mitering a picture frame

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Hello everyone,
I'm building some picture frames, and want to know if there are any tricks to getting the miters to be exactly 45 degrees. Seems that there must be something better than endless tweaking.
Curt Blood
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I have made quite a number of picture frames so far. What I have found that works for me is to set the blade tilt using a plastic 45-45-90 drafting triangle. I then cut a couple of miters and check for square. If necessary tweak and try again. It usually doesn't take more that a few minutes to get it right.
BTW, I am using a 10" Delta Contractors saw.
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My Chiwanese Lion-copy miter trimmer does an acceptable job.
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On 20 Oct 2004 12:15:50 GMT, snipped-for-privacy@aol.com (CBlood59) wrote:

Cut them to exactly 45 in the first place. This might take some adjustment and repeated test-cutting, but it's easier than trying to adjust them afterwards. Like dovetails, mitres are best cut in one quick pass, as "adjustment" afterwards never really works.
Or else find a cast iron mitre guillotine.
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CBlood59 wrote:

Curt, the problem with technology is that we forget what worked and more importantly "why" it worked. If you want good solid miters do the simple thing and make a miter sled. The process is simple and all you need is a framing square (what a wonderful tool it is).
The following is given assuming you will be using the miter slot on the left of the blade (that keeps your hands away from the blade). Cut a piece of 1/2 or 3/4 inch ply or mdf about 18x24. Measure over to find the distance from the side of your tablesaw miter slot to the blade. Add 1/2" and using the framing square strike a line along the bottom of the ply (or mdf). Get or cut a piece of stock that will just fit in the miter slot and attach it to the ply making sure you keep it dead even with, and touching the line on its right side (left when you have the ply upside down). Attach with glue and screws then put the runner in the miter slot and cut to size.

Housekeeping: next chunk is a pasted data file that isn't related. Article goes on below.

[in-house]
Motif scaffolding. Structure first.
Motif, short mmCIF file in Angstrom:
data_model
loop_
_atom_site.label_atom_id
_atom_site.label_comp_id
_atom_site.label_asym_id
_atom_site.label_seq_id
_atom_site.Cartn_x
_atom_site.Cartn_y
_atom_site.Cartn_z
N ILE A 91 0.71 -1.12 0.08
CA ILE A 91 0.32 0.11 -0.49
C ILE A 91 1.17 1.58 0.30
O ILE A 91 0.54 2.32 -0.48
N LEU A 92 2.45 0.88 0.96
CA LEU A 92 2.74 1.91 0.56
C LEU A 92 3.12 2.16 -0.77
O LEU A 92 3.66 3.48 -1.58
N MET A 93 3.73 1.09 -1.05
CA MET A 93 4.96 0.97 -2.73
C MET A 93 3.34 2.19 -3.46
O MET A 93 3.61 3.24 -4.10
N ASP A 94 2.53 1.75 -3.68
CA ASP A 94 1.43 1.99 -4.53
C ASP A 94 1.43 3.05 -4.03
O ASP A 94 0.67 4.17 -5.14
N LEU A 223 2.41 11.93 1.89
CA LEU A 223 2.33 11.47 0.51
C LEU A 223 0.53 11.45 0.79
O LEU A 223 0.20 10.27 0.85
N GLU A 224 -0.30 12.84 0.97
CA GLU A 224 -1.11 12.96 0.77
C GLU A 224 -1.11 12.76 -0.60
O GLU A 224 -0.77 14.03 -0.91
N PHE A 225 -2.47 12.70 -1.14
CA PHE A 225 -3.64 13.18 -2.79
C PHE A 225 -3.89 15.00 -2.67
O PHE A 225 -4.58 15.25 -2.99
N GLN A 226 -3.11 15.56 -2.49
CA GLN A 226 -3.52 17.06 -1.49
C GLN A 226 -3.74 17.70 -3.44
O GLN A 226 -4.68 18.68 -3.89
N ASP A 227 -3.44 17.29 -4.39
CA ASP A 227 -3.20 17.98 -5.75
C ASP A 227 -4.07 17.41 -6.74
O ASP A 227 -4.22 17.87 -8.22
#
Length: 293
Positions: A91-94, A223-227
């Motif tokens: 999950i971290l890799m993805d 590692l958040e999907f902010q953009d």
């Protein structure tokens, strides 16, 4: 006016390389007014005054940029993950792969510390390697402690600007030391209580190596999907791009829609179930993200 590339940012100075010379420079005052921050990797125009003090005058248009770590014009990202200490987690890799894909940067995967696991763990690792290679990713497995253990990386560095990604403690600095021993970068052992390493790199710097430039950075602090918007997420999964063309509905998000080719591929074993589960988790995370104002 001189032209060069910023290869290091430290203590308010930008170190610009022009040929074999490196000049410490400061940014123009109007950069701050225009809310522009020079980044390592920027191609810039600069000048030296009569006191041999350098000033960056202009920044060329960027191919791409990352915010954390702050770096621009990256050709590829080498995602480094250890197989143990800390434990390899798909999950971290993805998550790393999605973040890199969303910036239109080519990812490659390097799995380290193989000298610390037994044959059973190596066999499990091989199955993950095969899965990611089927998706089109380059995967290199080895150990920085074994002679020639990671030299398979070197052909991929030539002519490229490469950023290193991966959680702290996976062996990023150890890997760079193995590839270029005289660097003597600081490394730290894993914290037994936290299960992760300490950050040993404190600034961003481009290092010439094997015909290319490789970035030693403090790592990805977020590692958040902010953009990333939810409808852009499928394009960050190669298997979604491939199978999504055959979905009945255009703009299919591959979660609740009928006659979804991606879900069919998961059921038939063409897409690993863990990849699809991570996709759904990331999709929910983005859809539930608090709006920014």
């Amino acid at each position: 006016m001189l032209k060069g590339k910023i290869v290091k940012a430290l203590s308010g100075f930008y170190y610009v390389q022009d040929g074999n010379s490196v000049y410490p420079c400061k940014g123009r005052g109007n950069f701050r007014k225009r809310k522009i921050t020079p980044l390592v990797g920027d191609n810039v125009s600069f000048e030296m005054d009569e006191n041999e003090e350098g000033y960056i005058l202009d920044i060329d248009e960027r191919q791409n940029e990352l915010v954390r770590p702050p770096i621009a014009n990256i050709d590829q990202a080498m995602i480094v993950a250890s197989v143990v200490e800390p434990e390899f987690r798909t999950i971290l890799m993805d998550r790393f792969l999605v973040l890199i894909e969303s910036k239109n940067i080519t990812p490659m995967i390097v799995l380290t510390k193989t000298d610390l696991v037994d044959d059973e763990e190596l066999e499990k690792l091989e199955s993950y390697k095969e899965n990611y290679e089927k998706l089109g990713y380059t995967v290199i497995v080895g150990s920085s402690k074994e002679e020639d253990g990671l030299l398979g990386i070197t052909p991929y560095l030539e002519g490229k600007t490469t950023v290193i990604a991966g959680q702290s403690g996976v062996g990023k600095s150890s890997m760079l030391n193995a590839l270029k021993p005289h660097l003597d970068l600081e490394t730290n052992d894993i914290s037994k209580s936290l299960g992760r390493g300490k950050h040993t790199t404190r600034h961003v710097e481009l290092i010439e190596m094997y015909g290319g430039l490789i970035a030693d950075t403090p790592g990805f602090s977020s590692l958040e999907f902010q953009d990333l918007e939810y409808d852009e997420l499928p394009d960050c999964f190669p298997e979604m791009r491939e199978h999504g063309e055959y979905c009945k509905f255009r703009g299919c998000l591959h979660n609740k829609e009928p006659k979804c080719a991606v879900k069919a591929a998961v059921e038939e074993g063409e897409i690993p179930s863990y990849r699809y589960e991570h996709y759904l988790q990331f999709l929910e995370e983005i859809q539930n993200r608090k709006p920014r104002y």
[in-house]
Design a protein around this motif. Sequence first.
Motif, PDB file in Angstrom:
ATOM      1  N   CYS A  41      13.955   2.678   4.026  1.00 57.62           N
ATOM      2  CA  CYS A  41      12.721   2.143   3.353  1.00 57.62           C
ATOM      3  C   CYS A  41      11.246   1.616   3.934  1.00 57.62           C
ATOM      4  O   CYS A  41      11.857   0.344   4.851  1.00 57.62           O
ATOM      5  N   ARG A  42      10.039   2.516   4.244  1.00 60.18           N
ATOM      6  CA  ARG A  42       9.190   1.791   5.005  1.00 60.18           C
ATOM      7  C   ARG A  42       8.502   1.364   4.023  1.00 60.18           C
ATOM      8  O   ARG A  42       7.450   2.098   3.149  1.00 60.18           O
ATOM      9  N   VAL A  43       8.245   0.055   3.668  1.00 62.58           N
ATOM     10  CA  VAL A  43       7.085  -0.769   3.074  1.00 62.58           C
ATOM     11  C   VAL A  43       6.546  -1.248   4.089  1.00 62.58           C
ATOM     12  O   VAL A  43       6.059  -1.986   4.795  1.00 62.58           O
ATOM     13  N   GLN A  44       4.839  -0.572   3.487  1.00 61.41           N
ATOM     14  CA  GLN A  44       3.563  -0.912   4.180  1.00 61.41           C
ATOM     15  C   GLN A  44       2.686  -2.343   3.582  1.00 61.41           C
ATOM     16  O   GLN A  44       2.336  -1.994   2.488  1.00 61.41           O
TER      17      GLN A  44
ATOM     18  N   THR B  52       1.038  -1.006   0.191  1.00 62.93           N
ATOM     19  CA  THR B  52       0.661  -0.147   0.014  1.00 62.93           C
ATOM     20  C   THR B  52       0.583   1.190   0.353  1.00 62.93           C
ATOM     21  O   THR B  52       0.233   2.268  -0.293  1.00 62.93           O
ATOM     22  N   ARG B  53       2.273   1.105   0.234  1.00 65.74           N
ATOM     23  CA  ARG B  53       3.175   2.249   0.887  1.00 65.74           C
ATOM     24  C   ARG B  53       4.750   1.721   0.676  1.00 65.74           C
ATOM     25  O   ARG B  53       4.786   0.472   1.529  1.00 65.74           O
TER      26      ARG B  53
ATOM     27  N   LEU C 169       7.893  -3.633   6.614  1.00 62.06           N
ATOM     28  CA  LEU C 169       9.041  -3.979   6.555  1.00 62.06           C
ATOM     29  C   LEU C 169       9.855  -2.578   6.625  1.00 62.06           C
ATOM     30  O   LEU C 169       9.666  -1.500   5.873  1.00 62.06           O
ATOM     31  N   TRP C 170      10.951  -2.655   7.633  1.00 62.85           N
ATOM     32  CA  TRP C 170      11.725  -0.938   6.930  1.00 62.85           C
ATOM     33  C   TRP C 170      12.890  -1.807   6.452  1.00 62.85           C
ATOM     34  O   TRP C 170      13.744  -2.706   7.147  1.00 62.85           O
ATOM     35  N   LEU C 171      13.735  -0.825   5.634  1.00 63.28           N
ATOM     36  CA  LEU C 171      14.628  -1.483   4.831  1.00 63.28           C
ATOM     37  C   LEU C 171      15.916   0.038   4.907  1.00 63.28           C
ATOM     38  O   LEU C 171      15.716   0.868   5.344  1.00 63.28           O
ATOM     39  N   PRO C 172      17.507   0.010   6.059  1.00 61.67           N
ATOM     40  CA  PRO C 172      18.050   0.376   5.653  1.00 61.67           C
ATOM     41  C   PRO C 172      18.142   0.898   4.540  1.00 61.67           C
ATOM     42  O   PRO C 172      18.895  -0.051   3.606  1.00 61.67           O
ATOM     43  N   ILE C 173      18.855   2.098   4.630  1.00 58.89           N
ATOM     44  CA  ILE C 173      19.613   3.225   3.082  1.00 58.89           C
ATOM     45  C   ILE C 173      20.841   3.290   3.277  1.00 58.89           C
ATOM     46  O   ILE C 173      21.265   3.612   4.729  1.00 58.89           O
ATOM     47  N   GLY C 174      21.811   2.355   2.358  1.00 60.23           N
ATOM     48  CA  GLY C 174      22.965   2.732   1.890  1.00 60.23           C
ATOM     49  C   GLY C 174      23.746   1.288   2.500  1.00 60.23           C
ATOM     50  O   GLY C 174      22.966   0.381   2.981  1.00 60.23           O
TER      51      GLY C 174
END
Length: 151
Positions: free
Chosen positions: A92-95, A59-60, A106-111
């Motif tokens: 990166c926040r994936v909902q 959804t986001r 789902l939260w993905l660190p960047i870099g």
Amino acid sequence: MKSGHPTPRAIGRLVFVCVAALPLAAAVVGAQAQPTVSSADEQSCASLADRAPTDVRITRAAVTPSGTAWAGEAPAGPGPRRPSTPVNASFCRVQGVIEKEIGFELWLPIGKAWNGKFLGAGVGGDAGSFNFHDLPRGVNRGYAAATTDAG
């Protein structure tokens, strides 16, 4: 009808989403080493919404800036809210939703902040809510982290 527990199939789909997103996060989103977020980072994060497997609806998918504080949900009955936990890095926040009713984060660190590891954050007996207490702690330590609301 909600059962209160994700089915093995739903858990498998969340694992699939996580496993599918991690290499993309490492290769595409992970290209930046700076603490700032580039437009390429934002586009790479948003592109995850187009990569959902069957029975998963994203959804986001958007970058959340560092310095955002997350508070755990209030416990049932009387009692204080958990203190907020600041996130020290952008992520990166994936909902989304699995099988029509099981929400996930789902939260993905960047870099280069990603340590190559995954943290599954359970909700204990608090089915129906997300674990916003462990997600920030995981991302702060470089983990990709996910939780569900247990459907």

Using your framing square, place it on the right side of the sled with the point about centered on the sled. Move it out until both corresponding 2" marks just intersect the side of the sled. Mark, very carefully along both legs of the square. Cut some dead square 3/4" stock and carefully attach along those lines with screws and glue, allowing them to extend far enough past the side that the back of the piece overhangs the sled.
I have one I have been using for years and would not trade it for the world. BTW, the reason for striking two lines on the top is two fold. You might be like me and get one of them a bit off. The other reason is if both are dead on, you can cut both sides without having to reset.
I know there are more involved sleds, but this one works for me.
Deb
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wrote:

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(snipped interesting stuff)

Can you post a pic in binaries?
Mekon
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"CBlood59" wrote in message

There may be several answers. What tool are you using to cut your miters?
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Subject: Re: mitering a picture frame From: "Swingman" snipped-for-privacy@nospam.com Date: Wed, Oct 20, 2004 2:14 PM